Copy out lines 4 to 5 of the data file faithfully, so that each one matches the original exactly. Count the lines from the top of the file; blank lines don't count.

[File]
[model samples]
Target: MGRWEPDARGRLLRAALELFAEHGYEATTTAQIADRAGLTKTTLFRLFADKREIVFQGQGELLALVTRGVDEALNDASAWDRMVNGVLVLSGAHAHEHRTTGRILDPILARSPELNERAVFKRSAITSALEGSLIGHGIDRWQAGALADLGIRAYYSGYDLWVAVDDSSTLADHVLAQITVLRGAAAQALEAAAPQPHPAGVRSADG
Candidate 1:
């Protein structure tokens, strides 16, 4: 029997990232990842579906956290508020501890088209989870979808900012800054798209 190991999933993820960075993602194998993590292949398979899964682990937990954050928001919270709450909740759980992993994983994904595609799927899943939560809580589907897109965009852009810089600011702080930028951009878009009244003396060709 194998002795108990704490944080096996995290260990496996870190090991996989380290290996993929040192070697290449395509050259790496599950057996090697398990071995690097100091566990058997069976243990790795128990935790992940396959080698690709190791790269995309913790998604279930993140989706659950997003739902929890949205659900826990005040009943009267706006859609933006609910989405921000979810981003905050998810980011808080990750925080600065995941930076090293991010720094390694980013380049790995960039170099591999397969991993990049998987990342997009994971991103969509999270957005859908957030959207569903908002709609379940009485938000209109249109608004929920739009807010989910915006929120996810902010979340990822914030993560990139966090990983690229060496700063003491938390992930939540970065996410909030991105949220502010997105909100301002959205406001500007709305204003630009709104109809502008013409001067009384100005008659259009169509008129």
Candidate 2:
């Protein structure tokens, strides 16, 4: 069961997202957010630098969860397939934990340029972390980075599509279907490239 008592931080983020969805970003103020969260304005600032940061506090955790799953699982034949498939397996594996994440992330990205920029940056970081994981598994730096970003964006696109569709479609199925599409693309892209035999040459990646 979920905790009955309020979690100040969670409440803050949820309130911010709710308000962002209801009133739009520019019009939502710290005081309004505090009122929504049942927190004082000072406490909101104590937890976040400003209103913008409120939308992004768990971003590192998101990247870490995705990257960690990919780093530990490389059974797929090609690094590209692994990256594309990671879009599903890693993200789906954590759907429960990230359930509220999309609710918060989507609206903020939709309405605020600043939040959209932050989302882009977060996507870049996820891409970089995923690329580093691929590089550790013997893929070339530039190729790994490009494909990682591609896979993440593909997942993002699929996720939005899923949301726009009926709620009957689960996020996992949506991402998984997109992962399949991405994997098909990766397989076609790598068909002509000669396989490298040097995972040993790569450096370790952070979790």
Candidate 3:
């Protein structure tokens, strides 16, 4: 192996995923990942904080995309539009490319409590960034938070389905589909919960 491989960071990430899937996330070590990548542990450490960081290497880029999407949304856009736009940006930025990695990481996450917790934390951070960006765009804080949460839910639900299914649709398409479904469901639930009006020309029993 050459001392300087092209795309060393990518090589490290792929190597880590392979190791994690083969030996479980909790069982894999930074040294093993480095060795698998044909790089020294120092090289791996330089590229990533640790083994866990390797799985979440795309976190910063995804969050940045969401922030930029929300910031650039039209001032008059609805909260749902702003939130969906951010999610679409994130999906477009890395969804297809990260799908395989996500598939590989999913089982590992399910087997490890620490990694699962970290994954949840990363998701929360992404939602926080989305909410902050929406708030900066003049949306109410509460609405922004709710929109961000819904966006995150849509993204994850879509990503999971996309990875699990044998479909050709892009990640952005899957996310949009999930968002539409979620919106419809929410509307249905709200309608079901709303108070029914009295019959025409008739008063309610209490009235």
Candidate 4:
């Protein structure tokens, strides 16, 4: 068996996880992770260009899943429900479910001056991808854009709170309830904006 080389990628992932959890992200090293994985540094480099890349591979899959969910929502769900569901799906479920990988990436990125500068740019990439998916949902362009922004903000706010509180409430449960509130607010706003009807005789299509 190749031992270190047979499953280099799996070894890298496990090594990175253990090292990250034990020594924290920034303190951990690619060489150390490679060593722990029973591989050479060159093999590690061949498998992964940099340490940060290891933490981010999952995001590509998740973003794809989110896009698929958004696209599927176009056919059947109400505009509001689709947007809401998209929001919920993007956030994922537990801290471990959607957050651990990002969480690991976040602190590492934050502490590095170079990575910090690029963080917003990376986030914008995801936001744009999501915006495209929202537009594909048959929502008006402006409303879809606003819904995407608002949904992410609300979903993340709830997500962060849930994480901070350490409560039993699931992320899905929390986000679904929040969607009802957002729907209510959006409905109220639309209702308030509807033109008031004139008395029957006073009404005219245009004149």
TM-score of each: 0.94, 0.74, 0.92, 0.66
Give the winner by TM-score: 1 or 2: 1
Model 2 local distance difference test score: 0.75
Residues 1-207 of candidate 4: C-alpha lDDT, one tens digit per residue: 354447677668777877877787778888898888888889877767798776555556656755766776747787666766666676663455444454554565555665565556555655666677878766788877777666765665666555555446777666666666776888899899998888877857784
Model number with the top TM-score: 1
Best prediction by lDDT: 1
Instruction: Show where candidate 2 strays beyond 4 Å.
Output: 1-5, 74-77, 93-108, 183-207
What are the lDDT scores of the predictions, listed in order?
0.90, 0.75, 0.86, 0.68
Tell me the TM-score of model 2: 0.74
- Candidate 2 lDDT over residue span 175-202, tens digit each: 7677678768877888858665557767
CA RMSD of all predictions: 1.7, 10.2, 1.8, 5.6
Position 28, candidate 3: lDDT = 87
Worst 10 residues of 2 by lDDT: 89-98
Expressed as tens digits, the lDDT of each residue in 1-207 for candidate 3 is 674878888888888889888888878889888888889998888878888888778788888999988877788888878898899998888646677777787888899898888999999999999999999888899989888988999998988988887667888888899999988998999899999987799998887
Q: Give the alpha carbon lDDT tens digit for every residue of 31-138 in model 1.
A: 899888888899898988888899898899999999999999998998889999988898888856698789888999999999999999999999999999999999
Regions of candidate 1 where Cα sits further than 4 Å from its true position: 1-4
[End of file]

């Protein structure tokens, strides 16, 4: 029997990232990842579906956290508020501890088209989870979808900012800054798209 190991999933993820960075993602194998993590292949398979899964682990937990954050928001919270709450909740759980992993994983994904595609799927899943939560809580589907897109965009852009810089600011702080930028951009878009009244003396060709 194998002795108990704490944080096996995290260990496996870190090991996989380290290996993929040192070697290449395509050259790496599950057996090697398990071995690097100091566990058997069976243990790795128990935790992940396959080698690709190791790269995309913790998604279930993140989706659950997003739902929890949205659900826990005040009943009267706006859609933006609910989405921000979810981003905050998810980011808080990750925080600065995941930076090293991010720094390694980013380049790995960039170099591999397969991993990049998987990342997009994971991103969509999270957005859908957030959207569903908002709609379940009485938000209109249109608004929920739009807010989910915006929120996810902010979340990822914030993560990139966090990983690229060496700063003491938390992930939540970065996410909030991105949220502010997105909100301002959205406001500007709305204003630009709104109809502008013409001067009384100005008659259009169509008129």
Candidate 2: